Recent Posts

Russian Socialists in the Struggle for Democracy

For the past few weeks, protests for fair elections in upcoming municipal polls have become weekly in Moscow and St. Petersburg as thousands have defied authorities to attend unsanctioned rallies. The police crackdown has been particularly harsh in Moscow. Protests on July 27 and August 3 resulted in over 2000 detentions. Images of police in riot gear wrestling citizens to the ground and beating peaceful protesters were reminiscent of the mass protests against election fraud in 2011-2012.

Members of the Russian Socialist Movement, a small Marxist, anti-Stalinist organization active in the Russian left, have been participants in local electoral campaigns and in the protests. Two RSM activists, Valeria Kovelishina and Ilya Budraitskis talk about the Russian Socialist Movement, their electoral work, the protests for democracy in Russia and what they might mean for the future.

Witnessing the Collapse of Communism

Roundtable discussion marking the 30th anniversary of the collapse of communism in Eastern Europe. Participants include Timothy Garton Ash, Bridget Kendall, and Jens Reich.

The Evictors

Around Moscow, there’s a whole industry of so-called “black creditors” — microfinance institutions (or MFOs) that swindle and seize debtors’ homes. Ivan Golunov’s investigation for Meduza has discovered that almost 500 apartments have been seized from their owners over the past five years without so much as a court order. In fact, this scheme involves more than simply “squeezing” people from their homes. It is possibly part of a wider, international money-laundering system. Here’s Meduza special correspondent Ivan Golunov on the ins and outs of this industry.

Russia Mauls England’s Lions in Moscow

Share on facebook
Share on google
Share on twitter
Share on linkedin
Share on email
Share on reddit

By Ger Clancy , the Irishman

On the road from Sheremetyevo-2 to Moscow, a strange-looking monument sits awkwardly among the advertising hoardings and petrol stations. A huge lump of concrete with enormous spikes protruding, the anti-tank ‘Yozh’ (hedgehog) marks the closest the Germans got to Moscow in December 1941. It’s a symbol of not only how near the Wehrmacht got to the capital, it’s also a reminder that plenty of foreigners have come here with lofty plans of domination and got brutally sent back to where they came from, tail between legs.

Last night the England football team became the latest member of that grouping. And for one of the few times since its birth, the Russian Sbornaya was dishing out the punishment to a major football power.

The omens were bad for England right from the outset. Before kick off at least five of their supporters had been injured in scuffles. Around 4,000 England fans had traveled to Moscow for the match, amid warnings by their embassy not to wear face-paint and avoid displays of their allegiance on the streets prior to the game.

Throughout the week the English press talked endlessly about the synthetic surface being used at Luzhniki but to his credit, the England coach Steve McClaren wrote it off as an excuse. He may have wished he’d said nothing. For the first time in years an international match at Luzhniki had a sell-out crowd, guaranteeing a hostile reception for the English. Russian coach Hiddink made a number of changes from the team that was thumped at Wembley a month ago, most notably dropping goalkeeper Malafeev for Gabulov. Malafeev had a nightmare against England and Hiddink is not a man renowned for hesitation in difficult team selections.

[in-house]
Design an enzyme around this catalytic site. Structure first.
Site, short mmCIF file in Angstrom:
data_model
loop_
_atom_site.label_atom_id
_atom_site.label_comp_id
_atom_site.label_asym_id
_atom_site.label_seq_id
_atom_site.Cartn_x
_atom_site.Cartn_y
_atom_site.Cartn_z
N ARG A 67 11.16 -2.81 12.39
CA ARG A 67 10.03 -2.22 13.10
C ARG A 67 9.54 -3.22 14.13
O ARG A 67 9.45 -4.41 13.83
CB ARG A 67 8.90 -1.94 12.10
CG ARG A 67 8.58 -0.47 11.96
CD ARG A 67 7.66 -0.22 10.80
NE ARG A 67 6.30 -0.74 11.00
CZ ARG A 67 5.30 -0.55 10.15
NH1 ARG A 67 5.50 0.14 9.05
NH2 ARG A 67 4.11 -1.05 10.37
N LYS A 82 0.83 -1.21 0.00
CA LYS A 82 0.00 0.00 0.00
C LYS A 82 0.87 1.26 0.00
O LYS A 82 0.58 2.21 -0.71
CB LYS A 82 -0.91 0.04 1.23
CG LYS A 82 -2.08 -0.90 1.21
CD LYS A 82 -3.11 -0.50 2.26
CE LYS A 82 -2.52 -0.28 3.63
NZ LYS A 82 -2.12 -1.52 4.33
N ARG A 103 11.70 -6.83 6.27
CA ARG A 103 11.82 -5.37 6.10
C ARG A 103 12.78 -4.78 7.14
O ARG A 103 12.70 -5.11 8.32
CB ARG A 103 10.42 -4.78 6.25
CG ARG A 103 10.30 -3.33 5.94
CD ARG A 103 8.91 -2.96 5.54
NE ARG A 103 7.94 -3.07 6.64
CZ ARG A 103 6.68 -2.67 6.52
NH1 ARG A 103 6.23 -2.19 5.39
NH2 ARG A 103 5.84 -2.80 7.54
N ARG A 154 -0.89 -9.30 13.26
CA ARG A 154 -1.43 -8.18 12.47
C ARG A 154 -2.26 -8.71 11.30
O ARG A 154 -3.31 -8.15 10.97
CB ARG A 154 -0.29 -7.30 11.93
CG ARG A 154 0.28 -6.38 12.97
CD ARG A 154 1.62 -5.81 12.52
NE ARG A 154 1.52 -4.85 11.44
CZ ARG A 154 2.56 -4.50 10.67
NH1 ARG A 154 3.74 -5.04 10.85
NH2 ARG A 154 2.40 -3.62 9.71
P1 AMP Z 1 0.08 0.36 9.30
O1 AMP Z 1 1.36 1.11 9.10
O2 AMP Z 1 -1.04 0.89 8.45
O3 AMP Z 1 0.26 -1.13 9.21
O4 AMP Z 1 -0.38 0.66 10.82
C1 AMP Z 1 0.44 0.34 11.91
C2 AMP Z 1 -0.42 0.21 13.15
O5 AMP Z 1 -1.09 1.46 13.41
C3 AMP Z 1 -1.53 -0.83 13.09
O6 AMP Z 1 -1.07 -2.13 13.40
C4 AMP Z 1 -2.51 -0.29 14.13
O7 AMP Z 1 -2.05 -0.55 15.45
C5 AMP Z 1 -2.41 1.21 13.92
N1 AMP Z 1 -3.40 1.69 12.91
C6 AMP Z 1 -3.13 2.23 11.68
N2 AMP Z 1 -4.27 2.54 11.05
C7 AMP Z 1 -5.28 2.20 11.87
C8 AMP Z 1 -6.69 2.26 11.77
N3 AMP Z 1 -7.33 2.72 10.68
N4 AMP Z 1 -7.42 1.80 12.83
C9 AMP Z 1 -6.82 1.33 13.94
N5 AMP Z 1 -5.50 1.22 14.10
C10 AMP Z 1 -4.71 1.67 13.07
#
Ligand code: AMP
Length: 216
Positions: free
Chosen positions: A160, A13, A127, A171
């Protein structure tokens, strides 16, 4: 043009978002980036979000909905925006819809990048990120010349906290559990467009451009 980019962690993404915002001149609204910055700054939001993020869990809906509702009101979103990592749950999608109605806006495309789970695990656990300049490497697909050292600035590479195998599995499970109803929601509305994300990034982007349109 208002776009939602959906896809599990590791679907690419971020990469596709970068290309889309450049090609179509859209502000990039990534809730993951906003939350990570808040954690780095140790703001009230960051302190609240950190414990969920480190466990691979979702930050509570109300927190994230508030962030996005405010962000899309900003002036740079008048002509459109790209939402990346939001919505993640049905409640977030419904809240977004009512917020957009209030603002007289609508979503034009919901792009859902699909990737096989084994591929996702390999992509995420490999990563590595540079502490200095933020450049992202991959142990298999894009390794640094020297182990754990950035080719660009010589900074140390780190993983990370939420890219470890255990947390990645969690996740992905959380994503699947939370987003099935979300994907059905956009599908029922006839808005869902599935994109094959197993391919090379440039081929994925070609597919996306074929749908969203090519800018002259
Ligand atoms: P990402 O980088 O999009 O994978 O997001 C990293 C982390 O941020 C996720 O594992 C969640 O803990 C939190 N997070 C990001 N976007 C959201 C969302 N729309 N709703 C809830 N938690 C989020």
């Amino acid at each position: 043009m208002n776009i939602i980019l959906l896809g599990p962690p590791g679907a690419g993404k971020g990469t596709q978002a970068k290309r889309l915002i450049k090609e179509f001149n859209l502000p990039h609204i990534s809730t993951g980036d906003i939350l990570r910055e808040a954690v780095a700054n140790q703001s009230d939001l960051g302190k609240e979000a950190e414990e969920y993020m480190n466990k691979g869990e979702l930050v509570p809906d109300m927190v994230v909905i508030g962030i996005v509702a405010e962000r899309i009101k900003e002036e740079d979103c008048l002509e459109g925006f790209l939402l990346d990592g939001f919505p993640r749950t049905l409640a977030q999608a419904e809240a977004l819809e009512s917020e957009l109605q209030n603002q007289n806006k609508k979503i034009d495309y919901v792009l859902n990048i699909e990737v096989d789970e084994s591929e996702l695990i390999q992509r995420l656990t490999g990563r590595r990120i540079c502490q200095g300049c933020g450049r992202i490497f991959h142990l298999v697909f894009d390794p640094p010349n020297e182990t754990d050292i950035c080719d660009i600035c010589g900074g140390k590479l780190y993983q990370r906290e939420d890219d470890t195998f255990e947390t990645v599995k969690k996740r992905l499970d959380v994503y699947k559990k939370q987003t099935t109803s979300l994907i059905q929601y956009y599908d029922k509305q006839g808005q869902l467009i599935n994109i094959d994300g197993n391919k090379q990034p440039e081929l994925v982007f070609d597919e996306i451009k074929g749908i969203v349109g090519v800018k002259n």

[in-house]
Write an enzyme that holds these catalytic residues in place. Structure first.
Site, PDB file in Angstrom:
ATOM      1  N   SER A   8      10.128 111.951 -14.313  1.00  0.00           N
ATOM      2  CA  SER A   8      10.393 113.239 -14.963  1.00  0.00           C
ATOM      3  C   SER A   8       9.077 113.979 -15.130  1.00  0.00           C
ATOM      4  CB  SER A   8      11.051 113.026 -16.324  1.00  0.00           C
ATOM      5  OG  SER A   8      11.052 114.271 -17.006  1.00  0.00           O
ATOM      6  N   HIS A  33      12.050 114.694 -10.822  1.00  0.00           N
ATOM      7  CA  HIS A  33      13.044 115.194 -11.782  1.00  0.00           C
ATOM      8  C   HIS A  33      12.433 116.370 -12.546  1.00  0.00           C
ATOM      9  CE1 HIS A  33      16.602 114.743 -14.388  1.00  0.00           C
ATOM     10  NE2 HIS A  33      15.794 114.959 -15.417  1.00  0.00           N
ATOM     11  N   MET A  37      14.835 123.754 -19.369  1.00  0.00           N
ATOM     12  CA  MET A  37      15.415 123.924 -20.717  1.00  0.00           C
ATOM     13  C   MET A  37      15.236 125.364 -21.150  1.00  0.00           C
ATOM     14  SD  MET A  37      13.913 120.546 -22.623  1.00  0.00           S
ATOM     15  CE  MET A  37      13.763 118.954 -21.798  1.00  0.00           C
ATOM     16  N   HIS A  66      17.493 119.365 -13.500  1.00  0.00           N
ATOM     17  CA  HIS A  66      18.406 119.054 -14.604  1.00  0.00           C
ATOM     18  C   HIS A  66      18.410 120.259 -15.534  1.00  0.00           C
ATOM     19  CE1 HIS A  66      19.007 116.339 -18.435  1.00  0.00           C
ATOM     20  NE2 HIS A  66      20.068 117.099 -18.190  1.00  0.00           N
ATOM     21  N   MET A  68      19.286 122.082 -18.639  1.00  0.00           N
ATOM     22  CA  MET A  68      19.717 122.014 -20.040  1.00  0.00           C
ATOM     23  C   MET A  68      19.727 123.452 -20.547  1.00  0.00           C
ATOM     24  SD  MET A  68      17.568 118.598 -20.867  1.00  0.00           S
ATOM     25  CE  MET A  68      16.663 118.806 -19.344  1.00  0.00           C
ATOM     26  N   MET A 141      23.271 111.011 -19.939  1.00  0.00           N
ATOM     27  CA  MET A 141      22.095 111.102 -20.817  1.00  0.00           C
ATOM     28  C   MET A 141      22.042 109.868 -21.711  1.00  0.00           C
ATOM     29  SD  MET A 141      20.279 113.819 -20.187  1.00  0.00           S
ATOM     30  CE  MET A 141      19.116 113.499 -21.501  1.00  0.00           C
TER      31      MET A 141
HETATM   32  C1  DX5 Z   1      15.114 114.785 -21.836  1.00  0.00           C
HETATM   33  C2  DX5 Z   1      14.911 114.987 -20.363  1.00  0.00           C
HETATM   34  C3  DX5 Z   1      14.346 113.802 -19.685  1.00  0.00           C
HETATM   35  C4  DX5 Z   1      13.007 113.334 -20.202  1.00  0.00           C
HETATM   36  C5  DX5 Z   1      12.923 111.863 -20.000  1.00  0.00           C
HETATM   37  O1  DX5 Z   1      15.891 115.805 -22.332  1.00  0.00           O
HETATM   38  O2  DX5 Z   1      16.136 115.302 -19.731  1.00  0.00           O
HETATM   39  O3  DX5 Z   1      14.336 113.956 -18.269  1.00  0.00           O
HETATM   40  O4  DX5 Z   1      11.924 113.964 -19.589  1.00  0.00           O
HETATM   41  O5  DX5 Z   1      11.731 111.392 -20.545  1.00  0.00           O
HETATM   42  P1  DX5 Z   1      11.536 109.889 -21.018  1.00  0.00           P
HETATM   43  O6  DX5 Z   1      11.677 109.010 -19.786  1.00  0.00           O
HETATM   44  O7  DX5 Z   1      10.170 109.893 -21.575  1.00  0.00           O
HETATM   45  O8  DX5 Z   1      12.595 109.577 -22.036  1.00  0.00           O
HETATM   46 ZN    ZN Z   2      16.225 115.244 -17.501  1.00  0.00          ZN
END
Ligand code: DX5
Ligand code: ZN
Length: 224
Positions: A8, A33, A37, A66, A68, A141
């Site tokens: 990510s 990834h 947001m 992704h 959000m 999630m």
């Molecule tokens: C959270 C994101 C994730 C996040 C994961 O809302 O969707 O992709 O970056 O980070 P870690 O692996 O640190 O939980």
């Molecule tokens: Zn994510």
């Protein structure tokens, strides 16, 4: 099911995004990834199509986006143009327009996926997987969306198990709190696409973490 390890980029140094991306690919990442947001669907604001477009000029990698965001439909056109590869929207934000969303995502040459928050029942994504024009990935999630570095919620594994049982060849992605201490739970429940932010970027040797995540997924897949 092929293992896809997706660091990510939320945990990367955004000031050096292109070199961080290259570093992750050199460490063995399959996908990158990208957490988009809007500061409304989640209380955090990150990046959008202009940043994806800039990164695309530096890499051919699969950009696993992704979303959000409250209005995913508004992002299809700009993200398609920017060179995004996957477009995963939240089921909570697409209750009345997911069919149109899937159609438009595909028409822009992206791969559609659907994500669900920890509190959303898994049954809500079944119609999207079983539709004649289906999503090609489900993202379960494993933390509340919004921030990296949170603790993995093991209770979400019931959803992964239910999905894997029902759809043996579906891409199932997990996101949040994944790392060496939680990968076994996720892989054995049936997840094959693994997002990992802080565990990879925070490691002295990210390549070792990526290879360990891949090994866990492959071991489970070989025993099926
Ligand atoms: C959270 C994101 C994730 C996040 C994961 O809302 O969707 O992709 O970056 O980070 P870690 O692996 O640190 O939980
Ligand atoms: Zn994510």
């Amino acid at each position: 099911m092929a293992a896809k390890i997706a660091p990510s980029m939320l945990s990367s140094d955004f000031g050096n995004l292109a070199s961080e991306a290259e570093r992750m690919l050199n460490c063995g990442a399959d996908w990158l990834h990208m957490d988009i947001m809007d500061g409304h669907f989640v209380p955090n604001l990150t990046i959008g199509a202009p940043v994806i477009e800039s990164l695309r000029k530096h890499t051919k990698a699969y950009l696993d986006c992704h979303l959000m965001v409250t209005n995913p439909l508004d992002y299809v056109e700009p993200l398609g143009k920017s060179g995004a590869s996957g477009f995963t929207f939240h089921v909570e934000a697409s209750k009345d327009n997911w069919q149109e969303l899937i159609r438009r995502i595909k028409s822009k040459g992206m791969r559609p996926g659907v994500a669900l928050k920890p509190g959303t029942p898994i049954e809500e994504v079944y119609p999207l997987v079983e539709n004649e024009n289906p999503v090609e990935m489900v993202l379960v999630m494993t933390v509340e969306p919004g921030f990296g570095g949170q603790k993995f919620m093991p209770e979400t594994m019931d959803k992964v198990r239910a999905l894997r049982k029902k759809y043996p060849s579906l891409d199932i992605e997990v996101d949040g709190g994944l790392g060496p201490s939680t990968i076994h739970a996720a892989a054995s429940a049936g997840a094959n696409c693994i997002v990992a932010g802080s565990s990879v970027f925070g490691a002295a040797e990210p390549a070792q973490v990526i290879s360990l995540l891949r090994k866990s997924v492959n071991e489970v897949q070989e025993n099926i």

However, on the field, England couldn’t have started better. They controlled the play in midfield and took the lead deservedly after 29 minutes. A high ball was allowed to bounce in the Russian box by Vasilii Berezutski and Rooney latched on to the dropping ball to lash a rasping shot high into the top corner beyond a helpless Gabulov. It was no more than England deserved and the Russians were now looking in deep trouble.

The game turned on a number of incidents in the first 25 minutes of the second half. Not long after the restart Steven Gerrard missed a gilt-edged chance, blasting wide with only Zurabov to beat. Then Micah Richards forced a good save from Gabulov when he really should have scored, shooting tamely from only 8 yards out. The moment of the game came on the 69th minute. Rooney rashly pulled down Zyrianov just outside the England box, but the forward fell down into the box. The referee incorrectly gave a penalty and Russia a lifeline, which substitute Pavluchenko gratefully accepted, blasting into Robinson’s right-hand corner. Now level, Russia pressed forward and when four minutes later Robinson could only parry Arshavin’s shot, Pavluchenko pushed home the rebound past a despairing Richards on the goal-line. Russia held on to the lead in modest comfort and greeted the final whistle with jubilation and smiles, something not previously associated with the Sbornaya, and rapturous celebrations in the stands.

The postmortem is already underway in England, focusing mainly on McClaren’s persistence with blundering goalkeeper Robinson, as well as throwing away a relatively comfortable lead. For Russia, however, all is bright. If Russia wins their next two games, against Israel and Andorra, they will qualify for Euro 2008, sensationally dumping England out in the process. Although the trip to Tel-Aviv will not be easy, the Russians are in control of their own destiny and will wallop Andorra. Hiddink’s magic appears to be rubbing off at last, and although the Sbornaya are by no means cured of all their ills, they are finally off the life-support. For England a miserable trip home beckons, and like the Werhmacht and Le Grande Armee before them, they leave Moscow defeated and mortally wounded.